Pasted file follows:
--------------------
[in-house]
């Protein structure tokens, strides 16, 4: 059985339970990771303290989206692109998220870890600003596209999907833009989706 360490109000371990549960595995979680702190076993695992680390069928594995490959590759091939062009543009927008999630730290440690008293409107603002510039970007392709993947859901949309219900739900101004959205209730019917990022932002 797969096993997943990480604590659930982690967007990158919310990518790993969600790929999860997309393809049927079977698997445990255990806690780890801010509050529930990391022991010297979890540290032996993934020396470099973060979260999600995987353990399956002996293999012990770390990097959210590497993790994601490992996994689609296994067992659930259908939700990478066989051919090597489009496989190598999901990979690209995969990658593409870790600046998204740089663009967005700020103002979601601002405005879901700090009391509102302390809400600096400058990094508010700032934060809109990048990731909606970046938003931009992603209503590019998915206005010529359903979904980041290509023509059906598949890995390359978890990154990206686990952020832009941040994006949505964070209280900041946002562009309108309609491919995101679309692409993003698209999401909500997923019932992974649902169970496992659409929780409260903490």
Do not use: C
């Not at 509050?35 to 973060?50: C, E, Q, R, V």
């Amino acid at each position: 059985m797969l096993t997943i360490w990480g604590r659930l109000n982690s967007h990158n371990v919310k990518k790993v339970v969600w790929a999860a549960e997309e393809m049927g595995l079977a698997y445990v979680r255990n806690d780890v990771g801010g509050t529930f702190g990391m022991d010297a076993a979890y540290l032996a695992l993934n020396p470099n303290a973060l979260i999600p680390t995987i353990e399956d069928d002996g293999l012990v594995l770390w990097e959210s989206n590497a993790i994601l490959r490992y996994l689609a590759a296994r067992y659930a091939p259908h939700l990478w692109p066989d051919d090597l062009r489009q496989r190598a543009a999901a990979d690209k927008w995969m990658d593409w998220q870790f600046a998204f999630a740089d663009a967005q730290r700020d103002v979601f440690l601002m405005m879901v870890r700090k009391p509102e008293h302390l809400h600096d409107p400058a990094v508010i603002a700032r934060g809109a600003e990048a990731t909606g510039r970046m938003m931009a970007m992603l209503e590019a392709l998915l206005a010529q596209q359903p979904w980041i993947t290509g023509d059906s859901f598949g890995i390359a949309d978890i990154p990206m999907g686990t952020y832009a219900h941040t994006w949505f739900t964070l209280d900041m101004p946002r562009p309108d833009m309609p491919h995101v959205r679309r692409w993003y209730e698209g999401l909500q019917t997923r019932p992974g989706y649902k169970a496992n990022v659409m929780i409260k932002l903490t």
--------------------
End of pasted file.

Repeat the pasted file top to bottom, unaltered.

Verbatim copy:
[in-house]
């Protein structure tokens, strides 16, 4: 059985339970990771303290989206692109998220870890600003596209999907833009989706 360490109000371990549960595995979680702190076993695992680390069928594995490959590759091939062009543009927008999630730290440690008293409107603002510039970007392709993947859901949309219900739900101004959205209730019917990022932002 797969096993997943990480604590659930982690967007990158919310990518790993969600790929999860997309393809049927079977698997445990255990806690780890801010509050529930990391022991010297979890540290032996993934020396470099973060979260999600995987353990399956002996293999012990770390990097959210590497993790994601490992996994689609296994067992659930259908939700990478066989051919090597489009496989190598999901990979690209995969990658593409870790600046998204740089663009967005700020103002979601601002405005879901700090009391509102302390809400600096400058990094508010700032934060809109990048990731909606970046938003931009992603209503590019998915206005010529359903979904980041290509023509059906598949890995390359978890990154990206686990952020832009941040994006949505964070209280900041946002562009309108309609491919995101679309692409993003698209999401909500997923019932992974649902169970496992659409929780409260903490």
Do not use: C
């Not at 509050?35 to 973060?50: C, E, Q, R, V």
């Amino acid at each position: 059985m797969l096993t997943i360490w990480g604590r659930l109000n982690s967007h990158n371990v919310k990518k790993v339970v969600w790929a999860a549960e997309e393809m049927g595995l079977a698997y445990v979680r255990n806690d780890v990771g801010g509050t529930f702190g990391m022991d010297a076993a979890y540290l032996a695992l993934n020396p470099n303290a973060l979260i999600p680390t995987i353990e399956d069928d002996g293999l012990v594995l770390w990097e959210s989206n590497a993790i994601l490959r490992y996994l689609a590759a296994r067992y659930a091939p259908h939700l990478w692109p066989d051919d090597l062009r489009q496989r190598a543009a999901a990979d690209k927008w995969m990658d593409w998220q870790f600046a998204f999630a740089d663009a967005q730290r700020d103002v979601f440690l601002m405005m879901v870890r700090k009391p509102e008293h302390l809400h600096d409107p400058a990094v508010i603002a700032r934060g809109a600003e990048a990731t909606g510039r970046m938003m931009a970007m992603l209503e590019a392709l998915l206005a010529q596209q359903p979904w980041i993947t290509g023509d059906s859901f598949g890995i390359a949309d978890i990154p990206m999907g686990t952020y832009a219900h941040t994006w949505f739900t964070l209280d900041m101004p946002r562009p309108d833009m309609p491919h995101v959205r679309r692409w993003y209730e698209g999401l909500q019917t997923r019932p992974g989706y649902k169970a496992n990022v659409m929780i409260k932002l903490t």